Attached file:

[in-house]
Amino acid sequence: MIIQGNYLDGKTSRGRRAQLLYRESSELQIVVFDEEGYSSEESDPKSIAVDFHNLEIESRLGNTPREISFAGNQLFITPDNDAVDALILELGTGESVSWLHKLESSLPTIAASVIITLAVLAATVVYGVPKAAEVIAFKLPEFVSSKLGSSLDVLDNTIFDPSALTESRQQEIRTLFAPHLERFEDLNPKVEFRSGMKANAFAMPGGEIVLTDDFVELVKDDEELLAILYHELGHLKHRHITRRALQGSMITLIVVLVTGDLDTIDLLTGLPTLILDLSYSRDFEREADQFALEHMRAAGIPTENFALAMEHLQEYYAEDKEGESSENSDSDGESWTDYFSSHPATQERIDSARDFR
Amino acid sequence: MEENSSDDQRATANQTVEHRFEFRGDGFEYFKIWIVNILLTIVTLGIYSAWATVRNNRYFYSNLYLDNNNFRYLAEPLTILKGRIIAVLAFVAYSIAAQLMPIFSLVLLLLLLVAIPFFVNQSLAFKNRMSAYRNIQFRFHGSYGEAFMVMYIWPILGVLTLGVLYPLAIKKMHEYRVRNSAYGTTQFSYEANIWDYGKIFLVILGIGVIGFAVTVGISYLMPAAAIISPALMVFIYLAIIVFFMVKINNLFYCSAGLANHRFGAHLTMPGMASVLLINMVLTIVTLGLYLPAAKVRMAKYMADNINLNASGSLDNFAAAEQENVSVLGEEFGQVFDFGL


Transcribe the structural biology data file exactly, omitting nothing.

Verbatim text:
[in-house]
Amino acid sequence: MIIQGNYLDGKTSRGRRAQLLYRESSELQIVVFDEEGYSSEESDPKSIAVDFHNLEIESRLGNTPREISFAGNQLFITPDNDAVDALILELGTGESVSWLHKLESSLPTIAASVIITLAVLAATVVYGVPKAAEVIAFKLPEFVSSKLGSSLDVLDNTIFDPSALTESRQQEIRTLFAPHLERFEDLNPKVEFRSGMKANAFAMPGGEIVLTDDFVELVKDDEELLAILYHELGHLKHRHITRRALQGSMITLIVVLVTGDLDTIDLLTGLPTLILDLSYSRDFEREADQFALEHMRAAGIPTENFALAMEHLQEYYAEDKEGESSENSDSDGESWTDYFSSHPATQERIDSARDFR
Amino acid sequence: MEENSSDDQRATANQTVEHRFEFRGDGFEYFKIWIVNILLTIVTLGIYSAWATVRNNRYFYSNLYLDNNNFRYLAEPLTILKGRIIAVLAFVAYSIAAQLMPIFSLVLLLLLLVAIPFFVNQSLAFKNRMSAYRNIQFRFHGSYGEAFMVMYIWPILGVLTLGVLYPLAIKKMHEYRVRNSAYGTTQFSYEANIWDYGKIFLVILGIGVIGFAVTVGISYLMPAAAIISPALMVFIYLAIIVFFMVKINNLFYCSAGLANHRFGAHLTMPGMASVLLINMVLTIVTLGLYLPAAKVRMAKYMADNINLNASGSLDNFAAAEQENVSVLGEEFGQVFDFGL